Review by Ute Wartenberg Kagan
Sylloge Nummorum Graecorum. Greece 7. The KIKPE Collection of Bronze Coins. Volume 1.
By Vasiliki Penna and Yannis Stoyas. Athens: Research
Centre for Antiquity of the Academy of Athens. 2012.
ISSN 1790-0069. ISBN 978-060-404-242-5
In 1931, the first volume of the Sylloge Numorum Graecorum series appeared in Britain; it contained the collection of Greek coins of Capt. E.G. Spencer-Churchill. The concept of a sylloge, as envisaged by its first author, Stanley Robinson, was to give a simple description of and, most importantly, to illustrate all coins in a collection. The photos were arranged facing the text in folio-size, thin volumes. Many museum collections embraced this concept of publishing their holdings, and numerous countries now have their own series. The fastest growing publication programs of SNGs today are in Greece and Turkey, where both public and private collections have been accepted and published. Eight volumes have
been published in Turkey, and in Greece, volume 7 has just appeared, which is being reviewed here. The volume contains descriptions and excellent photographs of 1,233 bronze coins from Spain to India, the Black Sea to Africa, which date from the fifth century to c. 27–25 BCE. There are two indices of rulers and mints; it would have been very useful to have an index of subjects. Under preparation is a second volume of the bronze coins of
the Roman provinces from the reign of Augustus onwards. The collection of c. 4,000 pieces is the property of KIKPE, a Greek abbreviation for the Welfare Foundation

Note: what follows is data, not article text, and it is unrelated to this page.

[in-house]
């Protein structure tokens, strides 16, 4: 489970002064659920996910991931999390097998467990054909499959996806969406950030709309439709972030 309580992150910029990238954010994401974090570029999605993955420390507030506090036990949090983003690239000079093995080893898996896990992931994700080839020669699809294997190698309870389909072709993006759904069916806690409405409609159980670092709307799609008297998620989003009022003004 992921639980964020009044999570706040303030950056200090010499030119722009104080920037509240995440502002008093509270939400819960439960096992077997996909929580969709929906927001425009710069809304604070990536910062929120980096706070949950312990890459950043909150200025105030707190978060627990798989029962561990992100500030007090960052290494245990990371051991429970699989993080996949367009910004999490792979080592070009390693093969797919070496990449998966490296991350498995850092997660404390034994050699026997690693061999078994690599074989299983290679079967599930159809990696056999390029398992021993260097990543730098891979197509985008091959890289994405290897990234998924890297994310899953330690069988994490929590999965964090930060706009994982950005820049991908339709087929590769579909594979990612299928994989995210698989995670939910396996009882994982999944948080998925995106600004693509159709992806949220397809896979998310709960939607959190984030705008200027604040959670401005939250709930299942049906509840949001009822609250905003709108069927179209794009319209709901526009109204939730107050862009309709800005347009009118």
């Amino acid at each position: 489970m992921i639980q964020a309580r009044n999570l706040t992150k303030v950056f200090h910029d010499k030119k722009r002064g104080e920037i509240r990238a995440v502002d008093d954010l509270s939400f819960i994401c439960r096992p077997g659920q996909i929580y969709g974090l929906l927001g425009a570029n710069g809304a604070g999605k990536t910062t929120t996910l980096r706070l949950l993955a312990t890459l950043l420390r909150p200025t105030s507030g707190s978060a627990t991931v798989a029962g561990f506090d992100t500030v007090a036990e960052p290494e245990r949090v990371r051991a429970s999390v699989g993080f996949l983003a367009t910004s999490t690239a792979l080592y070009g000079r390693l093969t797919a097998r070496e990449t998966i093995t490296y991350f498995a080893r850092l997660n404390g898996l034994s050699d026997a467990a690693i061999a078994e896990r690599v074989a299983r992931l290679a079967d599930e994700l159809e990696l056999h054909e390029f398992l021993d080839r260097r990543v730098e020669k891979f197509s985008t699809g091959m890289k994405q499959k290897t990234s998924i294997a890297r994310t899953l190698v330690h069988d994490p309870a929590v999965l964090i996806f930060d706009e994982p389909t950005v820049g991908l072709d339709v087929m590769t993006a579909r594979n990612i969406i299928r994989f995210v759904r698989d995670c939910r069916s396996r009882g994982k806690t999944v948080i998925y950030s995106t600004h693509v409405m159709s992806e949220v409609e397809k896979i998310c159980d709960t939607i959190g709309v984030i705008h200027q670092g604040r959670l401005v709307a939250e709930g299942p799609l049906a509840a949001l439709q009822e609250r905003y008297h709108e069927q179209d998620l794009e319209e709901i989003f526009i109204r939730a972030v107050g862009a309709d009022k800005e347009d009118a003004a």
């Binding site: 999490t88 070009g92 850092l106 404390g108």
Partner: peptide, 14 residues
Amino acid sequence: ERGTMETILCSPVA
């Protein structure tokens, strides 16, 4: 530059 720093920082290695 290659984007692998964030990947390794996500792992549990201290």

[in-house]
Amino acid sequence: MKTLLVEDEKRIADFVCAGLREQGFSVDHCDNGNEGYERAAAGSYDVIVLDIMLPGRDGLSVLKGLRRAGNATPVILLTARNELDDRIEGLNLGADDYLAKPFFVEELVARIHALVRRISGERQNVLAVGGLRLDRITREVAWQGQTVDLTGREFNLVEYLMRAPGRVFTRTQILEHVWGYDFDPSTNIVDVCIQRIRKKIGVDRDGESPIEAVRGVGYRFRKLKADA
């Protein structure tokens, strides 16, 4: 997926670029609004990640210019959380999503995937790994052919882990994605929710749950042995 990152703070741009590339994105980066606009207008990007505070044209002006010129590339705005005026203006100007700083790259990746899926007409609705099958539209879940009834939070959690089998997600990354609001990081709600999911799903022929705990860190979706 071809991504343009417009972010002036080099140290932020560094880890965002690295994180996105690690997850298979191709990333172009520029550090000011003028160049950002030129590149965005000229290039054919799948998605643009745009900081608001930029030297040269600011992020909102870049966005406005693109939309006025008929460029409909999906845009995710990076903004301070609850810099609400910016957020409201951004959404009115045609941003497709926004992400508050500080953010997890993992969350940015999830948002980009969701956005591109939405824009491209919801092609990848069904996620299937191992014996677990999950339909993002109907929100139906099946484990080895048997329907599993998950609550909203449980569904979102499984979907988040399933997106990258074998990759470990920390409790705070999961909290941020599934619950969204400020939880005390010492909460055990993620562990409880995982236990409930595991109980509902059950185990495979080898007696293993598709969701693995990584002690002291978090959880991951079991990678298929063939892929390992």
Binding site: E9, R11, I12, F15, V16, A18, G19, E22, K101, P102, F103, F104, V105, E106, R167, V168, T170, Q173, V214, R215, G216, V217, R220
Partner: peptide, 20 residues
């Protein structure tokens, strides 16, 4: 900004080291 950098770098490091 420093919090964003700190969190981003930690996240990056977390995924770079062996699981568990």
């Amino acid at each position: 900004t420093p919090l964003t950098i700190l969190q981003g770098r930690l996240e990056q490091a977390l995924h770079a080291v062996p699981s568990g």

for Social and Cultural Affairs, which also possesses a significant collection of Greek banknotes.
A first look through this Sylloge shows that this is no ordinary collection of coins. Greek bronze coins have long been considered the poor relation of Greek silver. Bronze coins often display more wear and corrosion, which can make them less attractive than their counterparts in precious metal. However, when in good or perfect condition, bronze coins can be extraordinarily attractive, and this collection displays some amazing examples of Greek art. The number of different mints represented by good examples is exceptional, including real rarities, many missing even from cabinets such as the ANS, which has an outstanding Greek bronze collection thanks to its former President and benefactor
E.T. Newell. Many of the specimens in this Sylloge are of great historical or numismatic interest, mainly because of their preservation and rarity. For bronze coins, rarity often goes hand in hand with the obscurity of mint. The cities in question may have left little other trace in the historical record, and the coinage thus opens new perspectives on some part of the Mediterranean world.